Amid a cycle of desperation for innings, the Orioles called up a series of right-handers who were older than the typical rookie. Knuckleballer Mickey Jannis, 33, and Konner Wade, 29, couldn’t stick, with both getting designated for assignment shortly after their respective debuts.
But Spenser Watkins, 28, has continued to prove worthy of more opportunities. After a scoreless inning of relief in his first major league appearance, he’s allowed exactly one earned run in three straight starts, the latest such performance covering the first six innings of Baltimore’s third straight victory, a 6-1 win over the Tampa Bay Rays on Monday.
He’s the only Orioles starter this season with three consecutive outings of one earned run or fewer, with those coming in his first three major league starts. Manager Brandon Hyde said there will be a fourth.
“He’s pitching with confidence,” Hyde said. “The home plate umpire [D.J. Reyburn], I’ve known him for a long time, just mentioned to me how he was impressed with his stuff and surprised that he hadn’t been in the big leagues very long, just because the crispness of the stuff, and how he could command.
“He’s pitching, back to the old school art of pitching, instead of trying to blow the ball by everybody on top of the zone. It’s fun to watch.”
Paired with Matt Harvey’s performance Sunday, Watkins provided Baltimore with consecutive six-inning starts for the first time since Harvey and John Means did so in late April. Watkins credited Orioles pitching coaches Chris Holt and Darren Holmes for helping to “maximize who I am as a pitcher and really upgrade me, in a sense.”
“That’s what I’ve dreamed my entire career, is [to] be able to have success in the big leagues and to be able to do that three times in a row is incredible, and it just pushes me to continue to keep getting better, keep working,” Watkins said. “Complacency is not an option for me, so continue to work, continue to get better and keep doing it. It’s been an incredible ride so far. Enjoying the heck out of it.”
The Orioles (31-62) provided him an early lead on Ryan Mountcastle’s double and Anthony Santander’s sacrifice fly in the first, then built on it in the sixth. Santander opened the frame with a 12-pitch walk, then came home along with Ramón Urías on Pat Valaika’s two-run single. Kelvin Gutiérrez then brought home Valaika with a single and scored on Austin Hays’ double, his third hit out of the leadoff spot with All-Star Cedric Mullins getting a night off before entering as a defensive replacement in the ninth.
Watkins allowed an RBI double to Randy Arozarena with two outs in the sixth but ended his night with his seventh strikeout, more than he recorded in his first two starts combined. Behind him, Cole Sulser, Paul Fry and Tyler Wells pitched a scoreless frame each.
“I‘ve known it was there,” Watkins said. “Over my career, I’ve had my ups and downs as any player has, normal, ride-the-wave kind of a thing. I just think the ability that I have has always been in there, and it’s just a matter of being able to unlock it this year. The work we put in with Holty, Holmey, just the Orioles staff in general has really allowed me to kind of open that up and give me this opportunity to succeed.”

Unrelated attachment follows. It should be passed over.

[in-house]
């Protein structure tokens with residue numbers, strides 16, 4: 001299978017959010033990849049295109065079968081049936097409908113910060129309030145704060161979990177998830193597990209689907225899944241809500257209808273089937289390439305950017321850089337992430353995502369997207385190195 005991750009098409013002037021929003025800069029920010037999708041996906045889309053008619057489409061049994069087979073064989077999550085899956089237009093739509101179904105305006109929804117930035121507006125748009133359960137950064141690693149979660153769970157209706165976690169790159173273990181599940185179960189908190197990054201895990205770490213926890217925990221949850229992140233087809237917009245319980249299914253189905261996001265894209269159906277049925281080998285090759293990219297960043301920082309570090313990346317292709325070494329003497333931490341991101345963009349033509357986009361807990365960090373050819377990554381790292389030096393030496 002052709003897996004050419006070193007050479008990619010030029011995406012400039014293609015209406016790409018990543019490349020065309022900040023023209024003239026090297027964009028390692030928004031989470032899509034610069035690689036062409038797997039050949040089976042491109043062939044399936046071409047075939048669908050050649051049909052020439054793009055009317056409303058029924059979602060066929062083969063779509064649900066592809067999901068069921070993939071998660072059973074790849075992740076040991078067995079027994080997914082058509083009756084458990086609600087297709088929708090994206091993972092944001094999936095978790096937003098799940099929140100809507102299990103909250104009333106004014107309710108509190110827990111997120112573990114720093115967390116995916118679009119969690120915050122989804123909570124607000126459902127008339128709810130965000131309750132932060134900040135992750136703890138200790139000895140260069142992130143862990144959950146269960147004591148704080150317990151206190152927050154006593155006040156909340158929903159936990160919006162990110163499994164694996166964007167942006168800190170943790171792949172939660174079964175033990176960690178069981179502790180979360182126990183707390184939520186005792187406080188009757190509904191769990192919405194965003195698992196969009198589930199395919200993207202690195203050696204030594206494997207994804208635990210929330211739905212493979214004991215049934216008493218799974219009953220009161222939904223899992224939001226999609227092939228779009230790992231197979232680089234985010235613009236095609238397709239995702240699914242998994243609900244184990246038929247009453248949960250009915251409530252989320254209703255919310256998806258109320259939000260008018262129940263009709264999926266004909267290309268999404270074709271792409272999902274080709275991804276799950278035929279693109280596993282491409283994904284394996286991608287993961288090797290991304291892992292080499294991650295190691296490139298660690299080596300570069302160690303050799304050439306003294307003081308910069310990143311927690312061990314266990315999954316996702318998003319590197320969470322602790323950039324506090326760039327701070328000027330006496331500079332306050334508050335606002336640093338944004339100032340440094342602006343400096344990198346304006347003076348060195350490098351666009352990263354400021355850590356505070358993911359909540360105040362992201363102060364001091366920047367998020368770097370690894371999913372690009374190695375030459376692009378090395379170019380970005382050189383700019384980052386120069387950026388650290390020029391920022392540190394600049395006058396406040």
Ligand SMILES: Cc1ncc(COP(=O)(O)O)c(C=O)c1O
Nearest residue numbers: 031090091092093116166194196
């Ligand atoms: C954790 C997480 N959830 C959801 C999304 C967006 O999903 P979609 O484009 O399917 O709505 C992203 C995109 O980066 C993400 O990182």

Means hoping to ‘finish how I started’
Around his final rehabilitation start with Triple-A Norfolk, Means, the Orioles’ All-Star left-hander, spent the past week in his native Kansas City area, getting to show off his growing son, McCoy, to family; host a big backyard barbecue to watch Trey Mancini’s Home Run Derby appearance; and rejoin his team for its series victory against the Royals.
Means will officially return from the injured list Tuesday, making his first start since he exited in the first inning of his outing June 5 with a left shoulder strain. Before his injury, Means was among American League leaders in innings pitched and averaged more than six per start, one of which was a no-hitter against the Seattle Mariners. His 2.28 ERA is more than 2 ½ runs lower than any other Oriole with at least five starts. He said his goal for the remainder of the season is “to finish how I started.”
Pitching as deeply as he did before the injury might take some time. Means topped out at 74 pitches in his three rehab starts, and Hyde said he’s “not going to push him in any sort of way these first couple starts.”
Means, though, is just happy to be back and ensured he feels healthy. He said the injury, which has limited him in previous seasons, is the result of his use of his changeup and pronating in his motion, but admitted it’s not something he properly managed in the past. After missing a month and a half, he’s learned how to better take care of it.
“I didn’t really want to take time off,” Means said. “I wanted to try and pitch and make as many starts as I possibly could. Hopefully, one of these years, I can make every start. I don’t want that to be my stigma, is to get hurt halfway through, so it’s just more frustrating that it had to happen, but no point thinking about it now. I’m just moving forward.”
Around the horn
- The Orioles, as they have often this season, used Monday’s universal minor league day off to promote several prospects. Among the moves, 2018 fifth-rounder Robert Neustrom joined Norfolk, 2019 third-rounder Zach Watson joined Double-A Bowie, and 2020 second-round pick Hudson Haskin and Zach Peek — one of the four pitchers acquired in the Dylan Bundy trade with the Los Angeles Angels — moved up to High-A Aberdeen.
- The Orioles announced the availability of Os Unlimited passes, which will allow fans to attend all August and September home games on general admission tickets for $40 per month, with a $5 signup fee. Additional information is available at Orioles.com/unlimited.